My mother has been writing poetry. I’m not sure for how long; it seems to be a recent thing, though I guess it could have been going on all her life and she’s only recently come out about it. She has been reading at a local cafe in Arizona, where it appears she’s been exposed to poetry slams. She comes home and she recites some of her poems to us in a rhythmic way that owes a backhanded debt to rap. I was trying to explain this to someone yesterday, and they were weirded out by the fact that my whitey-white mom had any connection to rap. No, no, no, I said, it’s not like that. It’s to be expected that she’s been exposed to rap; she used to listen to Public Enemy, and she was the one who introduced me to A Tribe Called Quest. She’s always been ahead of the curve.
It’s that she’s reading her poetry in a way that brings to mind how she used to rap us awake on Saturday mornings, lolloping along to Mama Said Knock You Out turned up to eleven. She’s always missed some subtle rhythmic idea, something to do with emphasis. She ends up sounding like rap written for cartoons. The Pokemon Rap. I told her the other day she needed to listen to Eminem. His phrasing is clever. Maybe I’m wrong, though; maybe it’s Shaggy she needs to listen to, or someone else with Caribbean influences, who leaves the beat cradled and swaying like, um, testicles in their sac.
Mom’s poetry itself is not bad, though. I mean, it doesn’t come off as bad to me. In fact, I find it quite moving. She writes about our family, about my sisters and me, about her divorce from Dad. Quite frequently she writes about our pets in very unsentimental ways. Stuff about piss and reflexes.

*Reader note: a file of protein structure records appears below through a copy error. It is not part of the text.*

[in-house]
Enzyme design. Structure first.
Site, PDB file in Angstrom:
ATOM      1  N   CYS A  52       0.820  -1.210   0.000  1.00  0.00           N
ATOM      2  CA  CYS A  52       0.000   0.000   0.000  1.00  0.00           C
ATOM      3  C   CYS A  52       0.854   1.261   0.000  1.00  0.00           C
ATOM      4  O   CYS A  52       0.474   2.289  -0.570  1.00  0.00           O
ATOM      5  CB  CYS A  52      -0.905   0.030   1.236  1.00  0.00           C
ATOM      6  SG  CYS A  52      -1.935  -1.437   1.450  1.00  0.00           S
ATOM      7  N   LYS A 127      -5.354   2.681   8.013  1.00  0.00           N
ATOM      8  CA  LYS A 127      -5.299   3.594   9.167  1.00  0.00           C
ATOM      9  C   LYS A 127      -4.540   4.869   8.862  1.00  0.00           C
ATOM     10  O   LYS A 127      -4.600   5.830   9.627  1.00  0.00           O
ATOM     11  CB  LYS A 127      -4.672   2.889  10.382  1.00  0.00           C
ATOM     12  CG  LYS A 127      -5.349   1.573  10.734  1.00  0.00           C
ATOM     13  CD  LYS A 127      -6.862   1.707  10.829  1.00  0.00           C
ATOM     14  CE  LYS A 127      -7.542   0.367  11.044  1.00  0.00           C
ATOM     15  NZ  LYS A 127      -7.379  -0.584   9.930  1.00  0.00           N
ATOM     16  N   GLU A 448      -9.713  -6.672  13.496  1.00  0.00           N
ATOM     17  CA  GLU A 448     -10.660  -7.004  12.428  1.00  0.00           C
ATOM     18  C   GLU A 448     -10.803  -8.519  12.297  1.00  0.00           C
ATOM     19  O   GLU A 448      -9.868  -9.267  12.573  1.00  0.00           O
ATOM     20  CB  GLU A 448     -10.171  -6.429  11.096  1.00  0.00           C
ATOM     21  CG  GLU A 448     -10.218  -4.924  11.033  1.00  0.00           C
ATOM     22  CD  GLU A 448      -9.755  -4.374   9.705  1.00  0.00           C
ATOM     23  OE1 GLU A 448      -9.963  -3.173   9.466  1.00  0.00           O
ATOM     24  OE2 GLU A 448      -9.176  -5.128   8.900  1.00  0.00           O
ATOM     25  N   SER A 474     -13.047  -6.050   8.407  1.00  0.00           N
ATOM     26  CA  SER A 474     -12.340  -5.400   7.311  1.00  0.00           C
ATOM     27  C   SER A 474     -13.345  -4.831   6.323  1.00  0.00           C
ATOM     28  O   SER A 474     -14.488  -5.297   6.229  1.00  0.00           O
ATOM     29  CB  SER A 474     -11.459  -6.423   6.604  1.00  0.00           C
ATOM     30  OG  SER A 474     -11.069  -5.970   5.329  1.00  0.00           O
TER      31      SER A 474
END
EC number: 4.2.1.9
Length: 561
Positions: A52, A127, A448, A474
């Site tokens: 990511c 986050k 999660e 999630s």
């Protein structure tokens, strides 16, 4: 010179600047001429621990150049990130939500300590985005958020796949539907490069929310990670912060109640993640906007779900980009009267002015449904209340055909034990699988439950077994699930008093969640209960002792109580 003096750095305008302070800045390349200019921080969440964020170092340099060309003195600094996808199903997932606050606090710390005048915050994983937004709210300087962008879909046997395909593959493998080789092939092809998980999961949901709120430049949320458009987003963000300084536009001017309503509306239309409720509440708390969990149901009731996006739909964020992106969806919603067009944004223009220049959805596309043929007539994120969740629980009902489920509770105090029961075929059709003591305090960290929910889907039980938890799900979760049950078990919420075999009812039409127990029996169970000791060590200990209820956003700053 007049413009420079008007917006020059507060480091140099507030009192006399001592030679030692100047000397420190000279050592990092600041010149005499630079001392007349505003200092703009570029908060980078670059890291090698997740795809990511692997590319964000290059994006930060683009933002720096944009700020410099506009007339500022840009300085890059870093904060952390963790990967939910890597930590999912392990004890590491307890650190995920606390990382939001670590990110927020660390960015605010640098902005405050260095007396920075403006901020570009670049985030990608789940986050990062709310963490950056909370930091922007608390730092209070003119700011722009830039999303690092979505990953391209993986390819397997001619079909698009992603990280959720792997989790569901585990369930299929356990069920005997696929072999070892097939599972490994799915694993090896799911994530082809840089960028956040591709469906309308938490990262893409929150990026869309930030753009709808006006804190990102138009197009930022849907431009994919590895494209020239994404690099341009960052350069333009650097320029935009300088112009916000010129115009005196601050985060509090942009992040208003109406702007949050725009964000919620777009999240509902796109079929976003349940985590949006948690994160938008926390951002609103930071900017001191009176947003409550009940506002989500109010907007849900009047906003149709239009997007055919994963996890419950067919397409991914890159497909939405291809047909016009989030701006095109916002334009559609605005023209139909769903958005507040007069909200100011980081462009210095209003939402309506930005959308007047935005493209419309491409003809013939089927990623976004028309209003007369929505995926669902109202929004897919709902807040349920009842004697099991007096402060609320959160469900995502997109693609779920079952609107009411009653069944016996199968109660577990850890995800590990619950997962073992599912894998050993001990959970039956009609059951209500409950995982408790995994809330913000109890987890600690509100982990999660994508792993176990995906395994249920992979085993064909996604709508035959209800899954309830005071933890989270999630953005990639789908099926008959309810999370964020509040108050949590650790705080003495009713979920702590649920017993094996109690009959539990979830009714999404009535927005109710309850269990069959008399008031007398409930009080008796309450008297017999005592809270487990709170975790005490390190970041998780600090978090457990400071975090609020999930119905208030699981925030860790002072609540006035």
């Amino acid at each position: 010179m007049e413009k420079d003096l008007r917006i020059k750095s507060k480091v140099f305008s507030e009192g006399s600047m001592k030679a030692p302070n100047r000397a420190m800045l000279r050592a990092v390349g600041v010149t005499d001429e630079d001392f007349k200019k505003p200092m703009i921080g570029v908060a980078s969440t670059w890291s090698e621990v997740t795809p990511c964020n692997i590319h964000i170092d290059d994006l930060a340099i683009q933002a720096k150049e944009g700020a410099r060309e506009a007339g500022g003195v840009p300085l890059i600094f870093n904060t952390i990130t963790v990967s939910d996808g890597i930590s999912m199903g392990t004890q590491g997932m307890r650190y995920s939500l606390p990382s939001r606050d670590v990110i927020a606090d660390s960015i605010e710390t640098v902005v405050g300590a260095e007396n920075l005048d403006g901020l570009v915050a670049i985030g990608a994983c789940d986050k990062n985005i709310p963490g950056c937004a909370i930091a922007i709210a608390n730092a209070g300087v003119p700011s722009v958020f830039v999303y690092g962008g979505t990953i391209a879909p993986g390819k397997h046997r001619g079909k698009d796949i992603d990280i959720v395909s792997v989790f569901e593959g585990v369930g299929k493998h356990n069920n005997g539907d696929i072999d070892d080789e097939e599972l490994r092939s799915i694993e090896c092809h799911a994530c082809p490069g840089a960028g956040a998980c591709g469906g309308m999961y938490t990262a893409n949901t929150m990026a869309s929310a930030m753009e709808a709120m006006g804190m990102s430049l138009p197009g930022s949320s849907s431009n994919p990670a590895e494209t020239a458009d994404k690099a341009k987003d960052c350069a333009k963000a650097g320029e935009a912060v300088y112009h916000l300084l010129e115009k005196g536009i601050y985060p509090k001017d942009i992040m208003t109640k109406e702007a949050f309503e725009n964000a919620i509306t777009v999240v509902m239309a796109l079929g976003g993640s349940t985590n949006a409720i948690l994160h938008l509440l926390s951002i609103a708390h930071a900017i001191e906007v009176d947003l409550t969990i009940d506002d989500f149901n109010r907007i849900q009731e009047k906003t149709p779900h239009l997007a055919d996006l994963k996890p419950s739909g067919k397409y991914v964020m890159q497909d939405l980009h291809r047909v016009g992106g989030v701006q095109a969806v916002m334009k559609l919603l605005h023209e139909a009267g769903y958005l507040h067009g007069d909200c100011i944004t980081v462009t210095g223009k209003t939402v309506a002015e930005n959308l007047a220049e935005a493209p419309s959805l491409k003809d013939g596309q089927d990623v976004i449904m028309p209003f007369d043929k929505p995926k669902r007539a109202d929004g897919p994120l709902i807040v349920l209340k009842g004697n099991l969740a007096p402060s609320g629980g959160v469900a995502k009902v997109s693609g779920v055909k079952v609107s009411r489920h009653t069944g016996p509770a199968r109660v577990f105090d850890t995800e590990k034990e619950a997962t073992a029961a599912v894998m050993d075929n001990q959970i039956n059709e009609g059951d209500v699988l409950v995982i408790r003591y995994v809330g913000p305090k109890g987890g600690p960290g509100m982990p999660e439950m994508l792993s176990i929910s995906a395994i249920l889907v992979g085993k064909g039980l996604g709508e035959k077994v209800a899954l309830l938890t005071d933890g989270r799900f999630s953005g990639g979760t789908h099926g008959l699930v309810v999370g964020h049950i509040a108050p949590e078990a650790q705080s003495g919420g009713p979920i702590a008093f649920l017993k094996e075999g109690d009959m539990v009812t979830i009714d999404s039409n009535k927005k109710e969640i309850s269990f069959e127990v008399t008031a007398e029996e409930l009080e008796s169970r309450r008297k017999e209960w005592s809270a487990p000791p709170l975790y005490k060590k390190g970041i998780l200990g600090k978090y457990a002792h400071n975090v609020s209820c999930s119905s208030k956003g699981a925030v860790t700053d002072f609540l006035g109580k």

It’s unusual for me to not tear to pieces any poetry that’s handed to me. I have a history of being inappropriately cruel about bad poetry, or awkward public poetry. My high school friends and I developed an intricate set of rules for writing unkind parodies of the poems of a girl I knew who foisted books of her poems on other people. Lately I’ve been raising hell over at haiku.fuzrocks.com about some of the turgid love prose that gets posted over there.
So much poetry is so bad. So much of it is so personal that it loses its heft out of the gravitational pull of the person who wrote it, becoming just another junk meme loose in the atmosphere. And so few people understand that. I’ve always thought, and I’ve implied here before, that I think poetry is frequently best left as the therapy it so often is for so many people. I just don’t like to have other people’s poetry inflicted on me. It used to just be unpublished poetry; I didn’t trust anything that hadn’t appeared in sanctified print. Having trained with Martin Espada, I can’t bring myself to read the soporific stuff in the New Yorker, either.
But my mom’s poetry just fascinates me. I learn so much from it. She wrote a poem about me comparing me to a brain tumor. I had never really known how she thought of me before that. (It’s not as alarming as it sounds, I promise.) My mom was a hands-off parent who let me and my sisters come up with our own ideas and plans for ourselves. She’s mellow, and generally keeps her thoughts to herself.
Today I read a poem she wrote about our guinea pigs dying and I broke down in tears. It was the missing piece of one of my own stories. I remembered the tortured note in my dad’s voice, but I didn’t remember that my mother had been there that day, at all. I didn’t know she thought she could have stopped it if she’d been there. I didn’t know how she thought about her chores and about keeping the house running.
It was good. The metaphors seemed effective; the lapse into rhyme in the poem’s center seemed to make sense. Was it publishable good? Suddenly I found I couldn’t get distance from a poem.
What revision does this require? What about a new category — limited-use poetry? Poetry that has a practical impact on only a few people? What prose is not of limited use? Today Janice and I were talking about Mark Twain; we both agreed his prose was unbearably mannered to our ears, but I was saying I needed his messages right now anyway. We briefly debated whether a work should be assigned to students after its prose has outlived its shelf-life.
This piece doesn’t have an end. I have a headache. Mom, stop saying your stuff isn’t as good as the rest of the stuff in that compilation.